Previous studies have shown that the underbanked and unbanked are more likely to use alternative financial service providers, such as check cashers; payday, title, and pawn lenders; or rent-to-own services, even though alternative financial service providers are often in the same neighborhoods as financial institutions. (12) Responses to the SCMFS are consistent with these other studies. Two-fifths of underbanked households had used a payday loan; of these, two-thirds had used one within the past 12 months (table 2). In comparison, only about one out of six unbanked households had ever used a payday loan; this dropped to one in about twenty among fully banked households. Vehicle title loans and layaway were used less frequently; about three out of ten underbanked households report using these services.
The underbanked are also more likely than others to report using check cashers; about one out of four underbanked respondents report using this type of service. While it might seem surprising that the unbanked do not make more use of check cashers, there is some evidence that these households avoid check-cashing fees by cashing checks at grocery stores and some large retailers when making purchases. (13)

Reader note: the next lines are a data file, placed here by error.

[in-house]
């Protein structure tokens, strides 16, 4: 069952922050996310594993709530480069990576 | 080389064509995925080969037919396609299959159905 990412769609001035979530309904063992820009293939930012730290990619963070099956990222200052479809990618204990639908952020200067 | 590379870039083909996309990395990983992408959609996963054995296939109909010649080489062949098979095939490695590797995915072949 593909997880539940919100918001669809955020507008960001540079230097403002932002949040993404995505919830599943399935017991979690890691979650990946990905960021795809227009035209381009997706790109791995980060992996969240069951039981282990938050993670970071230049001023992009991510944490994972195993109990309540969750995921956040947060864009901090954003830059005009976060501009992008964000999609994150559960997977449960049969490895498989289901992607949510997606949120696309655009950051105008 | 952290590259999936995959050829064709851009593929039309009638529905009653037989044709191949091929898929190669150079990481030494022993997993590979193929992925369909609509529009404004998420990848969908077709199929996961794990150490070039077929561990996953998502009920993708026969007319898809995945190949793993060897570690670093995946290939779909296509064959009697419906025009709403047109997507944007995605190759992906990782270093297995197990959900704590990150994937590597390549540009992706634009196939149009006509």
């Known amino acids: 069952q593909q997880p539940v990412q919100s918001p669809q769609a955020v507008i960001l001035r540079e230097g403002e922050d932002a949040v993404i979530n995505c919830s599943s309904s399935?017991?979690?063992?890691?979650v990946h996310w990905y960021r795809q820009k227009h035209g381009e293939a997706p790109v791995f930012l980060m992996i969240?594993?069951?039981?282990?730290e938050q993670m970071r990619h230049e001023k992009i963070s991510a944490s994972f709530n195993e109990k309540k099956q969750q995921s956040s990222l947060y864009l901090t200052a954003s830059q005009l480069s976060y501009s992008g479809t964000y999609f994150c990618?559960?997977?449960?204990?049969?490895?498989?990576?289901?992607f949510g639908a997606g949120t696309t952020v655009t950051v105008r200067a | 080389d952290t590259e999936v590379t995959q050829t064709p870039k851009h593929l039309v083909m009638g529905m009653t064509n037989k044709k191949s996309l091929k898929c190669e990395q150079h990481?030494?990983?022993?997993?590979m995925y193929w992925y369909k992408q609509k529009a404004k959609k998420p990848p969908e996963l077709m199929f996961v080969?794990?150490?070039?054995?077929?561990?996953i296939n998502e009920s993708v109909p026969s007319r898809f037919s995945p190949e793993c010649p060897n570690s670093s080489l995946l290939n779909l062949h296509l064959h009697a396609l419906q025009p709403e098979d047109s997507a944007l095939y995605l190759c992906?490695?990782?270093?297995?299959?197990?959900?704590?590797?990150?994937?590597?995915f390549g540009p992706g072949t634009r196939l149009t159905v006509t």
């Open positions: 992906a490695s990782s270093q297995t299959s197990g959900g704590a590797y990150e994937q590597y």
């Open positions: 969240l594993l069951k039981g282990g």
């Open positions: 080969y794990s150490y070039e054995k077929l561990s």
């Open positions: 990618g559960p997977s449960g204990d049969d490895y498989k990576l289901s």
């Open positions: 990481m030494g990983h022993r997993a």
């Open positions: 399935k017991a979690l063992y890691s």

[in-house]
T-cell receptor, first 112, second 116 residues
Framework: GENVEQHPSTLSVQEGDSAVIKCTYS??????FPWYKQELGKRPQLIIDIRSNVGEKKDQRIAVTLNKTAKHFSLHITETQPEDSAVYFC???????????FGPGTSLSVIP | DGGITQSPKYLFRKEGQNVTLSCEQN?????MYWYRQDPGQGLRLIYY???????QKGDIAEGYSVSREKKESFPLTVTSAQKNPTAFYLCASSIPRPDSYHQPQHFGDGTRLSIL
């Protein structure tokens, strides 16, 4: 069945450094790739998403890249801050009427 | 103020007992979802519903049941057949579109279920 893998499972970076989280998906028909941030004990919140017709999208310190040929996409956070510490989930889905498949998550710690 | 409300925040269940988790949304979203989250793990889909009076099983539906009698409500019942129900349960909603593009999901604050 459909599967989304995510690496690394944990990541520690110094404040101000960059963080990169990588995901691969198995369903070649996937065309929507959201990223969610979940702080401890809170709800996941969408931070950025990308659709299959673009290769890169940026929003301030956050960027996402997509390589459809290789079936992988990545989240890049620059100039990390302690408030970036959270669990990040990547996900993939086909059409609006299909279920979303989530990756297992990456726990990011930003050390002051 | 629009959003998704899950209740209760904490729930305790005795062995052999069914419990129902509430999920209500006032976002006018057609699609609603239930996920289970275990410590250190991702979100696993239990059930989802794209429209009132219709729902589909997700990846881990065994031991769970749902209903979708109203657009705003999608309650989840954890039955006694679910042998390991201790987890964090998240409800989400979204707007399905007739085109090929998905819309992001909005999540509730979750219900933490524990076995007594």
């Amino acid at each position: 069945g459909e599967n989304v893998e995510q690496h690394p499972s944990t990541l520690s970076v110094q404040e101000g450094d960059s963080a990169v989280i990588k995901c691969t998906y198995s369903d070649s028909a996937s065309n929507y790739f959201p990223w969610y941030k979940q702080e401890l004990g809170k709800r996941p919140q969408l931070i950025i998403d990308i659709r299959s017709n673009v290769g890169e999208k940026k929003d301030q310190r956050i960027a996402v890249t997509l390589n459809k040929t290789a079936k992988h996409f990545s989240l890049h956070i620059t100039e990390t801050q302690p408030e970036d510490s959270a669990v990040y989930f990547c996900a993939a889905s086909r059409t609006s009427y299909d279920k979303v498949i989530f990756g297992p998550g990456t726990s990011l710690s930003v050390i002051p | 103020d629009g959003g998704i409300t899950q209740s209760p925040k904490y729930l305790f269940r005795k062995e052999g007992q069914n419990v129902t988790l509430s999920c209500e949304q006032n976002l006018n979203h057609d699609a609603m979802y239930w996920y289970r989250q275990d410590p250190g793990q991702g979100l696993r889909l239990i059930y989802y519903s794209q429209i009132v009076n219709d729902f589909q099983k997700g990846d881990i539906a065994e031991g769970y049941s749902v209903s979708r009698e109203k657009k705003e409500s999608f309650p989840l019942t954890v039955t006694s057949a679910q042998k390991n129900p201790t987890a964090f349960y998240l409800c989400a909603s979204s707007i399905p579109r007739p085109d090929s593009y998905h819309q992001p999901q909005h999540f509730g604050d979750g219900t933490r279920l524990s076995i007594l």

The use of prepaid cards has grown rapidly over the past several years. (14) General-purpose reloadable prepaid cards usually carry one of the major payment-card network logos and can act as a substitute for a transaction account in that funds from wages, tax refunds, government benefits, and other sources can be loaded onto the cards, which then can be used for payments online or in stores. One out of seven respondents report using a general-purpose reloadable card, while substantially fewer report using an employer's payroll card or some type of government benefits card. Underbanked and unbanked respondents are more likely to report using these reloadable cards than fully banked respondents.
Among those who used reloadable cards, half the underbanked and two-thirds of the unbanked report reloading funds onto their cards. The highest proportion report doing this within the past 30 days, consistent with government benefits payments and some employer pay cycles.
Measures of Financial Capability
The survey also tested the financial knowledge of respondents with a commonly used set of questions pertaining to interest rates, inflation, return on assets, portfolio diversity, mutual funds, and repayment methods (table 3; see appendix B for full text of financial literacy questions). (15) Unbanked households were less likely to give correct answers than underbanked or fully banked households.